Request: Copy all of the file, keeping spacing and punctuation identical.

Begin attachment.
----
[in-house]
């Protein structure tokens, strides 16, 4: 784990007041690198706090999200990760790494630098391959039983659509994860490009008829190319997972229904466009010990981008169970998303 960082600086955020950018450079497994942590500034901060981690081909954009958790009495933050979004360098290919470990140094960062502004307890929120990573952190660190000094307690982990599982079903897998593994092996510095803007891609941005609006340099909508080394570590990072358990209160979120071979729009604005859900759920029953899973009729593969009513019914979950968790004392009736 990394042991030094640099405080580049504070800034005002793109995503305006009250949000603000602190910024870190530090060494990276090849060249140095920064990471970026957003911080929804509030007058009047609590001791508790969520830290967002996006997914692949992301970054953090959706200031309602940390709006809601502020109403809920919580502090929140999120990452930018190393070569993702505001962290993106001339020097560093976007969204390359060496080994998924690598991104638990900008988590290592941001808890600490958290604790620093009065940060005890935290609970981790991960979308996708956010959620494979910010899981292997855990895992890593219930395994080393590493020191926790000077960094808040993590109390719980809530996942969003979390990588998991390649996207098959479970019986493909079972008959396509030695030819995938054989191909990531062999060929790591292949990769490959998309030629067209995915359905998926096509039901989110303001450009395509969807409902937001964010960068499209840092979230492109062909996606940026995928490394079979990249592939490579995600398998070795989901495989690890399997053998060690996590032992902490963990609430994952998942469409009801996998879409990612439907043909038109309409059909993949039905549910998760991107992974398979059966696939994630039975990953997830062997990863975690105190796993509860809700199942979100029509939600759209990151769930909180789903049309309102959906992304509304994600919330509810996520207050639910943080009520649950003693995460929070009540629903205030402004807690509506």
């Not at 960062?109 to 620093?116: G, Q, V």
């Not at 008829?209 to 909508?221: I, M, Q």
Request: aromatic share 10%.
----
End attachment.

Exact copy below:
[in-house]
């Protein structure tokens, strides 16, 4: 784990007041690198706090999200990760790494630098391959039983659509994860490009008829190319997972229904466009010990981008169970998303 960082600086955020950018450079497994942590500034901060981690081909954009958790009495933050979004360098290919470990140094960062502004307890929120990573952190660190000094307690982990599982079903897998593994092996510095803007891609941005609006340099909508080394570590990072358990209160979120071979729009604005859900759920029953899973009729593969009513019914979950968790004392009736 990394042991030094640099405080580049504070800034005002793109995503305006009250949000603000602190910024870190530090060494990276090849060249140095920064990471970026957003911080929804509030007058009047609590001791508790969520830290967002996006997914692949992301970054953090959706200031309602940390709006809601502020109403809920919580502090929140999120990452930018190393070569993702505001962290993106001339020097560093976007969204390359060496080994998924690598991104638990900008988590290592941001808890600490958290604790620093009065940060005890935290609970981790991960979308996708956010959620494979910010899981292997855990895992890593219930395994080393590493020191926790000077960094808040993590109390719980809530996942969003979390990588998991390649996207098959479970019986493909079972008959396509030695030819995938054989191909990531062999060929790591292949990769490959998309030629067209995915359905998926096509039901989110303001450009395509969807409902937001964010960068499209840092979230492109062909996606940026995928490394079979990249592939490579995600398998070795989901495989690890399997053998060690996590032992902490963990609430994952998942469409009801996998879409990612439907043909038109309409059909993949039905549910998760991107992974398979059966696939994630039975990953997830062997990863975690105190796993509860809700199942979100029509939600759209990151769930909180789903049309309102959906992304509304994600919330509810996520207050639910943080009520649950003693995460929070009540629903205030402004807690509506």
């Not at 960062?109 to 620093?116: G, Q, V």
């Not at 008829?209 to 909508?221: I, M, Q």
Request: aromatic share 10%.